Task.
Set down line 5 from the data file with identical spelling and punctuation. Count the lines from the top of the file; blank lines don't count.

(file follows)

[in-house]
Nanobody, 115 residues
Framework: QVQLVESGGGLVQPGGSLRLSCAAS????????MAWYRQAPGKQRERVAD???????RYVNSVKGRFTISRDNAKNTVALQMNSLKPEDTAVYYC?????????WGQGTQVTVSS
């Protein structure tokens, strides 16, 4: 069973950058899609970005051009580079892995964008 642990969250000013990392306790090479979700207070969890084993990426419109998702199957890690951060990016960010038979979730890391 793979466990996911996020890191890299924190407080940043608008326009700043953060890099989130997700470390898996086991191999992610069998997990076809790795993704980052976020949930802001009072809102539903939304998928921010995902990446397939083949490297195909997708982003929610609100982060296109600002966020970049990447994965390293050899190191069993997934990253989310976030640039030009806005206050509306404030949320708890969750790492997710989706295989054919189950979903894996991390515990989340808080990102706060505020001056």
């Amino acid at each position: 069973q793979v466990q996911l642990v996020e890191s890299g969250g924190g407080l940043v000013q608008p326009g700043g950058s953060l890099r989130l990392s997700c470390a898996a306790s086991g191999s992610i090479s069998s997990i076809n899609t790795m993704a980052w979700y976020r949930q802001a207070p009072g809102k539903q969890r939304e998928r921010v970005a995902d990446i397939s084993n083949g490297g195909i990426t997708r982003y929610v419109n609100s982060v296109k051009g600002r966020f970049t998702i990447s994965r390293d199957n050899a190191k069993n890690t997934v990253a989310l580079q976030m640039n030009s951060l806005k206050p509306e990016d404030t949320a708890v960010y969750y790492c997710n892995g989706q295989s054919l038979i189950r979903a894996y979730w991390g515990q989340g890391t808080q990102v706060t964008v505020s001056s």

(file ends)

């Amino acid at each position: 069973q793979v466990q996911l642990v996020e890191s890299g969250g924190g407080l940043v000013q608008p326009g700043g950058s953060l890099r989130l990392s997700c470390a898996a306790s086991g191999s992610i090479s069998s997990i076809n899609t790795m993704a980052w979700y976020r949930q802001a207070p009072g809102k539903q969890r939304e998928r921010v970005a995902d990446i397939s084993n083949g490297g195909i990426t997708r982003y929610v419109n609100s982060v296109k051009g600002r966020f970049t998702i990447s994965r390293d199957n050899a190191k069993n890690t997934v990253a989310l580079q976030m640039n030009s951060l806005k206050p509306e990016d404030t949320a708890v960010y969750y790492c997710n892995g989706q295989s054919l038979i189950r979903a894996y979730w991390g515990q989340g890391t808080q990102v706060t964008v505020s001056s």